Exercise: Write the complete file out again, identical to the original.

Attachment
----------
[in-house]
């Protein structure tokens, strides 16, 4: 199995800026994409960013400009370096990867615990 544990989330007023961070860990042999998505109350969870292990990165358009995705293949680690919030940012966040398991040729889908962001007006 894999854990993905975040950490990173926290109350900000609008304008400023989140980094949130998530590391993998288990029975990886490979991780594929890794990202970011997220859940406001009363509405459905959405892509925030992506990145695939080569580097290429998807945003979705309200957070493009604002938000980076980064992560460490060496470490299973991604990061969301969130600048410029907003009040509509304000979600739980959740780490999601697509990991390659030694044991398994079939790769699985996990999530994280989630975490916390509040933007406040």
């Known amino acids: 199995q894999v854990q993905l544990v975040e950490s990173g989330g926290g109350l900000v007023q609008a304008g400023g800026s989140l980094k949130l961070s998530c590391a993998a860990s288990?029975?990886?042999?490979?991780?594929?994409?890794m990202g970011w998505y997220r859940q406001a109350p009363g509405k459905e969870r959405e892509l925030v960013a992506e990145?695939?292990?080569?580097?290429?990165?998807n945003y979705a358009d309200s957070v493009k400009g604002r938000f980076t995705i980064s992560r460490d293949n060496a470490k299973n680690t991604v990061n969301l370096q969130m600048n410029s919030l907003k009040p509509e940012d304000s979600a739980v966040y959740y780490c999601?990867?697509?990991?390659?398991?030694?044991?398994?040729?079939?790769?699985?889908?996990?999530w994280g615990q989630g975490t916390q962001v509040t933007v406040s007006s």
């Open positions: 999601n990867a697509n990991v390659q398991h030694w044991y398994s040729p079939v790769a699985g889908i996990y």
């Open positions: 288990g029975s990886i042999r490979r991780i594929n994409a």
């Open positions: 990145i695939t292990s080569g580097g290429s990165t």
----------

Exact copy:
[in-house]
């Protein structure tokens, strides 16, 4: 199995800026994409960013400009370096990867615990 544990989330007023961070860990042999998505109350969870292990990165358009995705293949680690919030940012966040398991040729889908962001007006 894999854990993905975040950490990173926290109350900000609008304008400023989140980094949130998530590391993998288990029975990886490979991780594929890794990202970011997220859940406001009363509405459905959405892509925030992506990145695939080569580097290429998807945003979705309200957070493009604002938000980076980064992560460490060496470490299973991604990061969301969130600048410029907003009040509509304000979600739980959740780490999601697509990991390659030694044991398994079939790769699985996990999530994280989630975490916390509040933007406040």
């Known amino acids: 199995q894999v854990q993905l544990v975040e950490s990173g989330g926290g109350l900000v007023q609008a304008g400023g800026s989140l980094k949130l961070s998530c590391a993998a860990s288990?029975?990886?042999?490979?991780?594929?994409?890794m990202g970011w998505y997220r859940q406001a109350p009363g509405k459905e969870r959405e892509l925030v960013a992506e990145?695939?292990?080569?580097?290429?990165?998807n945003y979705a358009d309200s957070v493009k400009g604002r938000f980076t995705i980064s992560r460490d293949n060496a470490k299973n680690t991604v990061n969301l370096q969130m600048n410029s919030l907003k009040p509509e940012d304000s979600a739980v966040y959740y780490c999601?990867?697509?990991?390659?398991?030694?044991?398994?040729?079939?790769?699985?889908?996990?999530w994280g615990q989630g975490t916390q962001v509040t933007v406040s007006s």
């Open positions: 999601n990867a697509n990991v390659q398991h030694w044991y398994s040729p079939v790769a699985g889908i996990y």
């Open positions: 288990g029975s990886i042999r490979r991780i594929n994409a």
């Open positions: 990145i695939t292990s080569g580097g290429s990165t």